IT key to facing new military challenges, Cartwright says
- By Doug Beizer
- Mar 05, 2009
The U.S. military will face persistent conflicts with constantly evolving enemies for the foreseeable future, and the best way to engage them is to be better at adapting to new conditions, said Marine Gen. James Cartwright, vice chairman of the Joint Chiefs of Staff.
Information technology tools and systems can help deliver that adaptability, but the military must change a culture that keeps that technology from getting into the hands of warfighters quickly, he said today at the Naval IT Day conference sponsored by AFCEA International’s Northern Virginia Chapter.
“For the average soldier, sailor, airman and Marine who gets up in the morning in Iraq or Afghanistan, the one thing they can be absolutely sure of is that when they climb into their Humvee or [other vehicle] and go across the line of departure, things are going to be different than they were yesterday,” Cartwright said.
Troops do not know if they will face improvised explosive devices that are pressure- or radio-triggered, or if they will face an ambush or sniper fire, he said.
“The one thing for sure, if the enemy is any good at all, they will outguess us,” Cartwright said.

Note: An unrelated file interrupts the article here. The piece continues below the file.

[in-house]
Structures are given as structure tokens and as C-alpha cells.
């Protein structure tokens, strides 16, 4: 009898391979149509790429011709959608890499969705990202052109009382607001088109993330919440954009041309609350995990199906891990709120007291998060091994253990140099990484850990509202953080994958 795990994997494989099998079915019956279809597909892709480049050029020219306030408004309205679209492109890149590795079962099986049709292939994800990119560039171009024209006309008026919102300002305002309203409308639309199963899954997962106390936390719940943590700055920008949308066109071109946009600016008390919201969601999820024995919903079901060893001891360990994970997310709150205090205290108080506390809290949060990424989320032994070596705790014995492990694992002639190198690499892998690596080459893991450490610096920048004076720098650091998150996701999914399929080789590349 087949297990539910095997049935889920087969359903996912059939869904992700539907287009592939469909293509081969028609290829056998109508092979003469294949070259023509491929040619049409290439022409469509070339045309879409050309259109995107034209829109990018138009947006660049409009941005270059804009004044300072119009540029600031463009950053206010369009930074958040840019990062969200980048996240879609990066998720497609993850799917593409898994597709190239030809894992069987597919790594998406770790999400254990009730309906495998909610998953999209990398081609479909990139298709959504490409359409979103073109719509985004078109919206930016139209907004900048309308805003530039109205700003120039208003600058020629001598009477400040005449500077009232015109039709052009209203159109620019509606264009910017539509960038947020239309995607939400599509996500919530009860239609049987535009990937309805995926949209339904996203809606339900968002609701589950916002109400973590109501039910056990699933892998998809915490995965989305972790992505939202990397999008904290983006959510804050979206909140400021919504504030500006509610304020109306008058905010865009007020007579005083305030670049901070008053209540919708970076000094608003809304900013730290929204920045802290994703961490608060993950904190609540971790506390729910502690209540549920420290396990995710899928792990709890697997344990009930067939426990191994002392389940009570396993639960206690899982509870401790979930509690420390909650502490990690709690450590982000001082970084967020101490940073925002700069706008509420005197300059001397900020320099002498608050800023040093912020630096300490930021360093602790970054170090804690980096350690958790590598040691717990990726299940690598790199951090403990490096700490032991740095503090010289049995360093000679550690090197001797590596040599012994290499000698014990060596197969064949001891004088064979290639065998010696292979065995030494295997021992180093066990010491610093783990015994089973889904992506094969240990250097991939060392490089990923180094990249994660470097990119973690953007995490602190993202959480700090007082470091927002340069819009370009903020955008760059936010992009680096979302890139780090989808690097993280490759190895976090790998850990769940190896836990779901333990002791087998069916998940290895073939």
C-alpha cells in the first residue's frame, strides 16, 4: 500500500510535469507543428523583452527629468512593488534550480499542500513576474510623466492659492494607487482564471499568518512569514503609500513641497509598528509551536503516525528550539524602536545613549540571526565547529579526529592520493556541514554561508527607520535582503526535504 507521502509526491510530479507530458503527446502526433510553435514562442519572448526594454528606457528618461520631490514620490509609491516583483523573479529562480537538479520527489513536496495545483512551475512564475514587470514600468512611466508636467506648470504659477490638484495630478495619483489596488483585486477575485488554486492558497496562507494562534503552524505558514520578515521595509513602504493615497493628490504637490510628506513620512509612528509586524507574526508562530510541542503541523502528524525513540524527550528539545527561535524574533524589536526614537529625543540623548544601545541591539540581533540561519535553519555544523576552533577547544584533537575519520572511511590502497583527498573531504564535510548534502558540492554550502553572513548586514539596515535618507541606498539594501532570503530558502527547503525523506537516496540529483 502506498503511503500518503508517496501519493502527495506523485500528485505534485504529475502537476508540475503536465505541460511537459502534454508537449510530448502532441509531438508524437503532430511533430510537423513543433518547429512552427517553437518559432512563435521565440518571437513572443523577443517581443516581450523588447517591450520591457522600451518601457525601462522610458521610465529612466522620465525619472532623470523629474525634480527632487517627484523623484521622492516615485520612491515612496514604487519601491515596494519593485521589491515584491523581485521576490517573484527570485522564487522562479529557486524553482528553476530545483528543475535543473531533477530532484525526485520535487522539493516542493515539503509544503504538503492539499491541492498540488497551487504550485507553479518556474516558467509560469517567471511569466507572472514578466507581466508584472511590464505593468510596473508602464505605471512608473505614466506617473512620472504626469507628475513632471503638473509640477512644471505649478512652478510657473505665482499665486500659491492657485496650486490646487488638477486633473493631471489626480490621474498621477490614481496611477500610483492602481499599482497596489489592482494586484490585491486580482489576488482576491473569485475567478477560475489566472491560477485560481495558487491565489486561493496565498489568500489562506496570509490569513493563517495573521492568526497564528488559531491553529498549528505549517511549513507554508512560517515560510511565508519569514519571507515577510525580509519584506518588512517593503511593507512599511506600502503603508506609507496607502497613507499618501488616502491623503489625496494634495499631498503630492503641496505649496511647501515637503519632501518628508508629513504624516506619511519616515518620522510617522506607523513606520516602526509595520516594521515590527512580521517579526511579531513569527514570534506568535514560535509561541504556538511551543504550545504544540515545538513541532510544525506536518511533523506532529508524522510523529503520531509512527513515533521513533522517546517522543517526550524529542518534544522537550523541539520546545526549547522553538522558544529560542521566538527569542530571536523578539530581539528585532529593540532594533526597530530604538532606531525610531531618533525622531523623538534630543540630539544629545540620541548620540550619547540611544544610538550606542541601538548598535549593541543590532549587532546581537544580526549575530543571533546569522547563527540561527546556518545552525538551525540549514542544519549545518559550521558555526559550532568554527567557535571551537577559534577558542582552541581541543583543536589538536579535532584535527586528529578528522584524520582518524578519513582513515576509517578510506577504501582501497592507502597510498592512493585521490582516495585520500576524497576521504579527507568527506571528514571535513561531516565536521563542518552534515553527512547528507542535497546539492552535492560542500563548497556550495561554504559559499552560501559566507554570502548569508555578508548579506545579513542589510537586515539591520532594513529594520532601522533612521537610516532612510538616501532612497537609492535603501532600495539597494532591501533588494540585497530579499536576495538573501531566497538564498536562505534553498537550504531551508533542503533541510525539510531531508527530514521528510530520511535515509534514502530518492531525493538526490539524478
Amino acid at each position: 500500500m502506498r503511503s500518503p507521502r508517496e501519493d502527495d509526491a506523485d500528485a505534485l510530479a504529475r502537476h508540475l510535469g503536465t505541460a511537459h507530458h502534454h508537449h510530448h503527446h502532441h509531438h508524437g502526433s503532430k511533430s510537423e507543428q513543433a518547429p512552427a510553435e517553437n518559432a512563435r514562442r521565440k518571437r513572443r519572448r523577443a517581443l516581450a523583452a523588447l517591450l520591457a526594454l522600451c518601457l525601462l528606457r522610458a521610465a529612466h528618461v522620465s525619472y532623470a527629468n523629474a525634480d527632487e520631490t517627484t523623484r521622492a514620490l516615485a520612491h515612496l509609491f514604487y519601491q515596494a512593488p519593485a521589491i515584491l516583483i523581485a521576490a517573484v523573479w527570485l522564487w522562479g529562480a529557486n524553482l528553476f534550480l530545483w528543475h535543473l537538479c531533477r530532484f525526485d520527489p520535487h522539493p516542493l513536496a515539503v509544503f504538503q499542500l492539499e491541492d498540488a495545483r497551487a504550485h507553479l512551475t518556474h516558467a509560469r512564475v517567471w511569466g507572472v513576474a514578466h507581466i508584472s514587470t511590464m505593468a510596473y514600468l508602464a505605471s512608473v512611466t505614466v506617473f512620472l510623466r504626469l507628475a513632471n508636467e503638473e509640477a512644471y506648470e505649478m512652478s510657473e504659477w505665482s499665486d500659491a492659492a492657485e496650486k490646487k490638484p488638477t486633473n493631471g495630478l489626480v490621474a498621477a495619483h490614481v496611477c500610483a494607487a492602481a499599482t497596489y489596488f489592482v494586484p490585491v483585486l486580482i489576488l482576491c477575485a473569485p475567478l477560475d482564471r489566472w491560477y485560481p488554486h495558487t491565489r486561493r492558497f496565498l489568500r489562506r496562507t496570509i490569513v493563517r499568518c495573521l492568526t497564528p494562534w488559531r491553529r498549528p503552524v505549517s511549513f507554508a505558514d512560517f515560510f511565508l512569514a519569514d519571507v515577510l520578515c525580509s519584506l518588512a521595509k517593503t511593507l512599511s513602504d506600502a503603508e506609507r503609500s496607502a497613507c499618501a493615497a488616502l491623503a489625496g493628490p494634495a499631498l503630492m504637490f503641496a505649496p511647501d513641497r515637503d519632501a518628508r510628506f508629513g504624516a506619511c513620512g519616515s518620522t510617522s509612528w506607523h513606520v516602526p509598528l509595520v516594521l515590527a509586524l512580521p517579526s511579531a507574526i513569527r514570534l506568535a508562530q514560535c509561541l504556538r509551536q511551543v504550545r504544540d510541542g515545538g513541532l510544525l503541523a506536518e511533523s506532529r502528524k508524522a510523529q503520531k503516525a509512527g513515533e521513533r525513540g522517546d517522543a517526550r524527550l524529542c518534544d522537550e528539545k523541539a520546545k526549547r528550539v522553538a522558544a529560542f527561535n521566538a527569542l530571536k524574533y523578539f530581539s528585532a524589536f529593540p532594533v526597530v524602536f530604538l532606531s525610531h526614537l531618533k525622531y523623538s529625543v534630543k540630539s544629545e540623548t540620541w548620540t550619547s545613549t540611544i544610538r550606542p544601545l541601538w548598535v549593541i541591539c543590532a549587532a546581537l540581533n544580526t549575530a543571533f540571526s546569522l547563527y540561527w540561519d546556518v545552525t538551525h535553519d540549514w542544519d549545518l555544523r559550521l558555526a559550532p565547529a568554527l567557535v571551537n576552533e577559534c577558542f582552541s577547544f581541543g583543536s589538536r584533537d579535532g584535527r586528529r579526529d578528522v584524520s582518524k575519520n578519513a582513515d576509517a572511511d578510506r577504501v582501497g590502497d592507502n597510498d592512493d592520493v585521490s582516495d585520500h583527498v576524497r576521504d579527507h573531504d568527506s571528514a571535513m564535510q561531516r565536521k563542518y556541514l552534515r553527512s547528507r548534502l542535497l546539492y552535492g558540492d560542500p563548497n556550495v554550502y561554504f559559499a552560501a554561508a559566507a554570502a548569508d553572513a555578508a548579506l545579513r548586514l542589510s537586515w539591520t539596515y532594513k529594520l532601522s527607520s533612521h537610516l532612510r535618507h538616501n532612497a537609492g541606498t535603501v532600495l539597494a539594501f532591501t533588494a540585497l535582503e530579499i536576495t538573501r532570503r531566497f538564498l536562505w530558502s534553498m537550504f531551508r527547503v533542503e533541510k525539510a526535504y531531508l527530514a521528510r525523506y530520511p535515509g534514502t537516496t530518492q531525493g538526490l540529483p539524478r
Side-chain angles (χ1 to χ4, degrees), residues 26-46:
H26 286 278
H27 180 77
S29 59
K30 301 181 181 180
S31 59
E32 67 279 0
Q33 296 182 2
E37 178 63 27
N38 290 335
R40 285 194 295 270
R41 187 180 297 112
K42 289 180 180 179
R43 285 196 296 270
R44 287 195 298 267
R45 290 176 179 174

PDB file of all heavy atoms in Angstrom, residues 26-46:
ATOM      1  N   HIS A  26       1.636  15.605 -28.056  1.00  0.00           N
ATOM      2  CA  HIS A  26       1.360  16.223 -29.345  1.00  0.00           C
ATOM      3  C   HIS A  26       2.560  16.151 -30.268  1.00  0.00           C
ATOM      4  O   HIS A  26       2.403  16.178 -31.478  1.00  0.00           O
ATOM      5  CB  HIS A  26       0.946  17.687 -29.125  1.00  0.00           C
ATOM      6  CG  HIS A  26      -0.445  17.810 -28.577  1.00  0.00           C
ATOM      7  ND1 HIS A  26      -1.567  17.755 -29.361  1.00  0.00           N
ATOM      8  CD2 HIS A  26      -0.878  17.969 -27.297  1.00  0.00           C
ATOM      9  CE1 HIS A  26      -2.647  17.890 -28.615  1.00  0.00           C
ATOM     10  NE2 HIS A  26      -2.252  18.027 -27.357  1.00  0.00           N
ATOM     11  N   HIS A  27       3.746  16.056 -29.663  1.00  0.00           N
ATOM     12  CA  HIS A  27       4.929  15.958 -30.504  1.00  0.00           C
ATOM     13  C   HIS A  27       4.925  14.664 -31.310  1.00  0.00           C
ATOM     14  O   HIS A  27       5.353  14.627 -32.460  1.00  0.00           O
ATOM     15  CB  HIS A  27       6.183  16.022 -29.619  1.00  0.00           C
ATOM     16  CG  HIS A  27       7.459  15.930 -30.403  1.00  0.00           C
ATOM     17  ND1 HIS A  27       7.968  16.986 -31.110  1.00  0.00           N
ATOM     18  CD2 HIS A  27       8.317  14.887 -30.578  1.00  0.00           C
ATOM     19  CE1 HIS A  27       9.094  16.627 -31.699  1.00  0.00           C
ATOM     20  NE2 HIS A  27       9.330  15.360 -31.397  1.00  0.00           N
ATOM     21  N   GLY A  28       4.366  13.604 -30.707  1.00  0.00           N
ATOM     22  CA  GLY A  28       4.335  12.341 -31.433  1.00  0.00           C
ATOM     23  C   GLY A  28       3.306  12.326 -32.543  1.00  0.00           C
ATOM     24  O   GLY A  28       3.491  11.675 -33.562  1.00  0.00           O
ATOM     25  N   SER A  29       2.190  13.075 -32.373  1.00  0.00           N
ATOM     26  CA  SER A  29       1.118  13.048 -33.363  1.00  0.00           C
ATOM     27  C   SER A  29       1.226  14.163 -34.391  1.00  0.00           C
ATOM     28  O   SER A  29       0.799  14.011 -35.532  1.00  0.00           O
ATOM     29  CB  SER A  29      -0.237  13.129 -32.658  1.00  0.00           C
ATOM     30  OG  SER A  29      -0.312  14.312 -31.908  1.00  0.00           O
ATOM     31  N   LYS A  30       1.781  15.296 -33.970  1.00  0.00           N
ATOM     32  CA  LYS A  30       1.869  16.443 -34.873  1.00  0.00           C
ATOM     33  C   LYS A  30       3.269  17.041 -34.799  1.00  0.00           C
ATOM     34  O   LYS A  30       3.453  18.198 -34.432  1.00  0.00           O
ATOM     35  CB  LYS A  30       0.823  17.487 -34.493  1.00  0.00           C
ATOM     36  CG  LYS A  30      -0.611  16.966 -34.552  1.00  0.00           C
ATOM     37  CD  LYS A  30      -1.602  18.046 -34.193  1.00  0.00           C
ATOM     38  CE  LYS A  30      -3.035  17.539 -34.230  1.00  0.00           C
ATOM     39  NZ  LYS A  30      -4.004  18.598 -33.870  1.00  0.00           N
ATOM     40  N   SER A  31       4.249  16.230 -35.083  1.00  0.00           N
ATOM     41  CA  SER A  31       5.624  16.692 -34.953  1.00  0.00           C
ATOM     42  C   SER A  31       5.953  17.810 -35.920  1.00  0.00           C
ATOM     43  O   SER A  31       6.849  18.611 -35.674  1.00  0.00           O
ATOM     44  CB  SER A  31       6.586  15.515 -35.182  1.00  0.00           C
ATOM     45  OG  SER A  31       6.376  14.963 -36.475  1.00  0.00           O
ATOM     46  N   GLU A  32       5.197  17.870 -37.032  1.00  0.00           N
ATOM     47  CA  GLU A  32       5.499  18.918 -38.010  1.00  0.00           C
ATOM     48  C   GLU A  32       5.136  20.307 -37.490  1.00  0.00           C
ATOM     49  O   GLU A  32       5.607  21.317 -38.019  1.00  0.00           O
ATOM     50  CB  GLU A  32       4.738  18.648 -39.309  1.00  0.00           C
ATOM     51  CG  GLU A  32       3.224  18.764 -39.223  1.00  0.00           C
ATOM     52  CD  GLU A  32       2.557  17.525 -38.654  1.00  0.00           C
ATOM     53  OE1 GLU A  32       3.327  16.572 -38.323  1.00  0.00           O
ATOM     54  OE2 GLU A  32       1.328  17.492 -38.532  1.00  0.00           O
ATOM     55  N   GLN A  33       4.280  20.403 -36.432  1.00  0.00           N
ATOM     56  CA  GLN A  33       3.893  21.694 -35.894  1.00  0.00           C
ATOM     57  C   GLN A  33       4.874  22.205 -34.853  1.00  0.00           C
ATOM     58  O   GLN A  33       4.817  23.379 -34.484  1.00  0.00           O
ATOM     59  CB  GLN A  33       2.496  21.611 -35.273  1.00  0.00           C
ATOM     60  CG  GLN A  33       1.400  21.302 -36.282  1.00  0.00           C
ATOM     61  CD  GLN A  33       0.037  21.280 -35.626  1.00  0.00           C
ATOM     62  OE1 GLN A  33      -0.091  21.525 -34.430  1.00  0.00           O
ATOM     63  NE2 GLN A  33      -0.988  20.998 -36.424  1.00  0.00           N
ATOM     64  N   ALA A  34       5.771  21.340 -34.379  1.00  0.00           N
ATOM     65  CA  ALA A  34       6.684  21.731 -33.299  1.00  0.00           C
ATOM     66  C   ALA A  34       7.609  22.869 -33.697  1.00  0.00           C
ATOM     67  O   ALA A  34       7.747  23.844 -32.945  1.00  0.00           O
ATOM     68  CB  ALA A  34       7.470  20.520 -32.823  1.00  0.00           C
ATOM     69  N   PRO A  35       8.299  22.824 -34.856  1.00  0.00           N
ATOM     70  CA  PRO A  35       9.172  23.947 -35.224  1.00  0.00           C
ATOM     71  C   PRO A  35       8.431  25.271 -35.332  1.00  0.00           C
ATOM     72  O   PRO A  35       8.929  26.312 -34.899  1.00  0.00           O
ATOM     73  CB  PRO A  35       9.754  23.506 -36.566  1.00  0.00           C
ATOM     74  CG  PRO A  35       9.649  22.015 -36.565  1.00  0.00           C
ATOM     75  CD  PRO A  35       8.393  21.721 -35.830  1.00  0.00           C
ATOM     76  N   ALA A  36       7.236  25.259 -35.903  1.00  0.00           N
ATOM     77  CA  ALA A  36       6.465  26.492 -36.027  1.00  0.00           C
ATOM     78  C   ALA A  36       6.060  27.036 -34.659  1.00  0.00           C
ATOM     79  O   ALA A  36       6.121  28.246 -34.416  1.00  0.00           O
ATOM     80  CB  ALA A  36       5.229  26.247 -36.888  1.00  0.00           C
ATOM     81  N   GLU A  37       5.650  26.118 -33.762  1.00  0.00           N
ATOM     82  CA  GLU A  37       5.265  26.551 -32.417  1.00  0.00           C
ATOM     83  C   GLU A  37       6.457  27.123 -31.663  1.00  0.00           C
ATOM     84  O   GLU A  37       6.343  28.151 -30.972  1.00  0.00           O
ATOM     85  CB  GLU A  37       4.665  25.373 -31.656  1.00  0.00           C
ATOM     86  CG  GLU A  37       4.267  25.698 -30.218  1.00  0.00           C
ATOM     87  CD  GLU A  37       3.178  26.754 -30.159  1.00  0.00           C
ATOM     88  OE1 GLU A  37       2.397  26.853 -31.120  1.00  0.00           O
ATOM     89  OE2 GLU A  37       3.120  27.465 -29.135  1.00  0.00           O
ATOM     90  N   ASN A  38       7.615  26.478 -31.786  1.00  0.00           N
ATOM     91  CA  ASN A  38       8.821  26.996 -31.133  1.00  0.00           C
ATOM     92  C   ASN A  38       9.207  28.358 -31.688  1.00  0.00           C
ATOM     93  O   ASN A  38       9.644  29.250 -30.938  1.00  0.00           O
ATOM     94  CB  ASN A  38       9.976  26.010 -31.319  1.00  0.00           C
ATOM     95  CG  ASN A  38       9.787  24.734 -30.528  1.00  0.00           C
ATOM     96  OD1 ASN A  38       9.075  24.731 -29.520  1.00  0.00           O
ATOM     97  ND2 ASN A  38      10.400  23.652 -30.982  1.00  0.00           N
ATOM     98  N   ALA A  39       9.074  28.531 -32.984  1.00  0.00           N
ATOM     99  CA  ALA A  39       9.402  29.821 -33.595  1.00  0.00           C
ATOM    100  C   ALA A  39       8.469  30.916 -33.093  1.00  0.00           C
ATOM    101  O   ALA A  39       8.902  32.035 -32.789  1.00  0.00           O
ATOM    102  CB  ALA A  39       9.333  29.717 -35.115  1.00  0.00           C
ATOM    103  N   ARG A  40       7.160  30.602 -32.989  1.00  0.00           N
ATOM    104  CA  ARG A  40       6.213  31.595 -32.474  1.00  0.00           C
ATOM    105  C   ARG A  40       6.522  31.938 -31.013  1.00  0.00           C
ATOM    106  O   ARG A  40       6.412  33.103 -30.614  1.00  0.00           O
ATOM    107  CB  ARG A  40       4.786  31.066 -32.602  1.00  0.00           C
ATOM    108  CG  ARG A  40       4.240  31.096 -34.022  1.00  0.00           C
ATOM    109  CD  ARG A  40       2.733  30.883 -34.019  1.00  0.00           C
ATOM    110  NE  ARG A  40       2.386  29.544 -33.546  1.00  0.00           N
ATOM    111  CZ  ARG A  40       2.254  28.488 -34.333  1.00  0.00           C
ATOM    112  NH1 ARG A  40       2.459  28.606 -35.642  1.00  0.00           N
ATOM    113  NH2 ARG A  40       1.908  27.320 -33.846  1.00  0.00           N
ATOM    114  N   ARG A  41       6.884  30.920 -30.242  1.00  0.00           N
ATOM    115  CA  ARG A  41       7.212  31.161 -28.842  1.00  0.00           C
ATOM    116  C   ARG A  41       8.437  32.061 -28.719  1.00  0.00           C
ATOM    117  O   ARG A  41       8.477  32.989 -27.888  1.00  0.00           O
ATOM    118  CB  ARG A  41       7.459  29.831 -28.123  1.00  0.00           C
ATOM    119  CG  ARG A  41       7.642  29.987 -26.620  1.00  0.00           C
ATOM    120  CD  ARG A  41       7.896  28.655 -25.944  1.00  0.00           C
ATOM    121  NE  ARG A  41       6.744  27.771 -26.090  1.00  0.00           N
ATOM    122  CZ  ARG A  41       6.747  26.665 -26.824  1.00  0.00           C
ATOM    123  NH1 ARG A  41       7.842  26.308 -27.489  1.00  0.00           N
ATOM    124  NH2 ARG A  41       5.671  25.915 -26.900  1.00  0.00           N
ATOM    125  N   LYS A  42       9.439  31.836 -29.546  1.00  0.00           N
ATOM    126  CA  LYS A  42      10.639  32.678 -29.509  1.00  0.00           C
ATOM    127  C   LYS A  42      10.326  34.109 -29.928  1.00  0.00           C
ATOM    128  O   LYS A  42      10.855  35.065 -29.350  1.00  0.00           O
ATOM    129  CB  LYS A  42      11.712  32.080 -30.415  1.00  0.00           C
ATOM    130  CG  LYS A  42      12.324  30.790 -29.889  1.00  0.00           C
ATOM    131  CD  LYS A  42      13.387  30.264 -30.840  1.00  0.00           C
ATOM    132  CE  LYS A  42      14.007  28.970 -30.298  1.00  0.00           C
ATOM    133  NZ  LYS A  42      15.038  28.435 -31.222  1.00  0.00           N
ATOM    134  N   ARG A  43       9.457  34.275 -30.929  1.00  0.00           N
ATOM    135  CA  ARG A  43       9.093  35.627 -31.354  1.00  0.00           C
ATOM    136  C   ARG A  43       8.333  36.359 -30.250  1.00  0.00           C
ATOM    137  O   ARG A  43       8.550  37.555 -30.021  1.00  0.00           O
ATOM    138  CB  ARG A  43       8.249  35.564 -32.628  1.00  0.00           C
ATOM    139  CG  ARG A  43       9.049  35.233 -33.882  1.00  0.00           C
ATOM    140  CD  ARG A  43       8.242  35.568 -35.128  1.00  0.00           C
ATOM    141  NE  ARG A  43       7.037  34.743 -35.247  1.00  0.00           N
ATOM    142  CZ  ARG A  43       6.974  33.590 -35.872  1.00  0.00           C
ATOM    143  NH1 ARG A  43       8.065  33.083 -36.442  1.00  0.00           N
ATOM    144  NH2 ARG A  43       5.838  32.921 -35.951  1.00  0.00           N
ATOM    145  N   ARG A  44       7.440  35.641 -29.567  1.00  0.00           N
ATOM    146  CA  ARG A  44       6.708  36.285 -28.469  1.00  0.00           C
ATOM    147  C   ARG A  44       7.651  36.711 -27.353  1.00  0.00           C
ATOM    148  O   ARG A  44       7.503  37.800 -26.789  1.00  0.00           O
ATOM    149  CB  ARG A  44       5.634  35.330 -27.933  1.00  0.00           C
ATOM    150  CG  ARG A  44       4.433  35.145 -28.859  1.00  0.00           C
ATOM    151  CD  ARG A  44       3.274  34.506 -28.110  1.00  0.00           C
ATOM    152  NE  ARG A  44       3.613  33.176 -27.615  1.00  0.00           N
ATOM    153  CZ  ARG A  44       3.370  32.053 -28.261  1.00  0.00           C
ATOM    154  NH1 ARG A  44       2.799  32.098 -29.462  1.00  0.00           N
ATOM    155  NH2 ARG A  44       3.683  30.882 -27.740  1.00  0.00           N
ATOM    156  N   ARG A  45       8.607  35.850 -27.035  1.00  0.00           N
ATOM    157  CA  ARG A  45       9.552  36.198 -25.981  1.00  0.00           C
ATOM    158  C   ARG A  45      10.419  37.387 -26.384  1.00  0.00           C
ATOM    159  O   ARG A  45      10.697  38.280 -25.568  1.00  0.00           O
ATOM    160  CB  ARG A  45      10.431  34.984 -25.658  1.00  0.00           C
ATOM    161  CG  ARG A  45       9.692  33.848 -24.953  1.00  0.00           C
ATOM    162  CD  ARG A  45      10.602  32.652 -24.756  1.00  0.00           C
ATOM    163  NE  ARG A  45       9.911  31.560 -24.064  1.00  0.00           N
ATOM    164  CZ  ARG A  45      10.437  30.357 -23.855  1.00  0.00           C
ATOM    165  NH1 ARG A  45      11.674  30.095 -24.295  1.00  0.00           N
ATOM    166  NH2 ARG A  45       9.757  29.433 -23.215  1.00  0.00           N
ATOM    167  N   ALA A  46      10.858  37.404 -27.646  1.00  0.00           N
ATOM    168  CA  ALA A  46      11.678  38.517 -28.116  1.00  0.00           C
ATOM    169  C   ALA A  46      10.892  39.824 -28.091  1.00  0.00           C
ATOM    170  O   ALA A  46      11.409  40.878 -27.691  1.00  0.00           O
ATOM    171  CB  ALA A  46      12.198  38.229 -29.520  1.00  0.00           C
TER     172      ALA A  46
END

Technology exists to help warfighters adapt to those ever-changing conditions, but the Defense Department has yet to develop a process to deliver those capabilities quickly, he said.
The military applies the industrial processes used to build aircraft and aircraft carriers to IT systems, which often makes IT systems irrelevant before they are finished being developed, much less deployed, he said.
The current approach creates applications that push information to a central location for study and then sends the analysis to warfighters. That system does not work, Cartwright said.
“There is no rule against doing it differently. We just don’t want to because it would disturb the power setups,” he said. “People die over these decisions, and to me, we have to get at this issue.”
Doug Beizer is a staff writer for Federal Computer Week.